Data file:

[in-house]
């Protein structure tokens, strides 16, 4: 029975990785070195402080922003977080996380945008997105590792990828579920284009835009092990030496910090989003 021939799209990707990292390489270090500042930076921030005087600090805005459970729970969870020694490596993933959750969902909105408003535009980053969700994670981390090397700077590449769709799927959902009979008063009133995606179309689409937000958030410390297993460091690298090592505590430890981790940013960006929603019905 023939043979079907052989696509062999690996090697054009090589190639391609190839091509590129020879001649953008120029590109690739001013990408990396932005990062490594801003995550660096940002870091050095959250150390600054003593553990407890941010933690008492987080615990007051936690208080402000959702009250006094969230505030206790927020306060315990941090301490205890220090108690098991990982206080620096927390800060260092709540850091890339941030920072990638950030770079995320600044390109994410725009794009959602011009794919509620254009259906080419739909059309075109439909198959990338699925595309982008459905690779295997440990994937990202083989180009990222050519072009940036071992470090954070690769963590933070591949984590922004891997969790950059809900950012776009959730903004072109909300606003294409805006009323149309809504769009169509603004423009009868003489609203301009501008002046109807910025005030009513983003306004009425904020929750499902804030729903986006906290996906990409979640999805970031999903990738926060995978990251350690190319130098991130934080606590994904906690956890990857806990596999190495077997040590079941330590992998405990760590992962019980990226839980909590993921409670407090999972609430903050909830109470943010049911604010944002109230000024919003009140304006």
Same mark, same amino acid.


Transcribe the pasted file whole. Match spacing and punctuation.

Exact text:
[in-house]
């Protein structure tokens, strides 16, 4: 029975990785070195402080922003977080996380945008997105590792990828579920284009835009092990030496910090989003 021939799209990707990292390489270090500042930076921030005087600090805005459970729970969870020694490596993933959750969902909105408003535009980053969700994670981390090397700077590449769709799927959902009979008063009133995606179309689409937000958030410390297993460091690298090592505590430890981790940013960006929603019905 023939043979079907052989696509062999690996090697054009090589190639391609190839091509590129020879001649953008120029590109690739001013990408990396932005990062490594801003995550660096940002870091050095959250150390600054003593553990407890941010933690008492987080615990007051936690208080402000959702009250006094969230505030206790927020306060315990941090301490205890220090108690098991990982206080620096927390800060260092709540850091890339941030920072990638950030770079995320600044390109994410725009794009959602011009794919509620254009259906080419739909059309075109439909198959990338699925595309982008459905690779295997440990994937990202083989180009990222050519072009940036071992470090954070690769963590933070591949984590922004891997969790950059809900950012776009959730903004072109909300606003294409805006009323149309809504769009169509603004423009009868003489609203301009501008002046109807910025005030009513983003306004009425904020929750499902804030729903986006906290996906990409979640999805970031999903990738926060995978990251350690190319130098991130934080606590994904906690956890990857806990596999190495077997040590079941330590992998405990760590992962019980990226839980909590993921409670407090999972609430903050909830109470943010049911604010944002109230000024919003009140304006």
Same mark, same amino acid.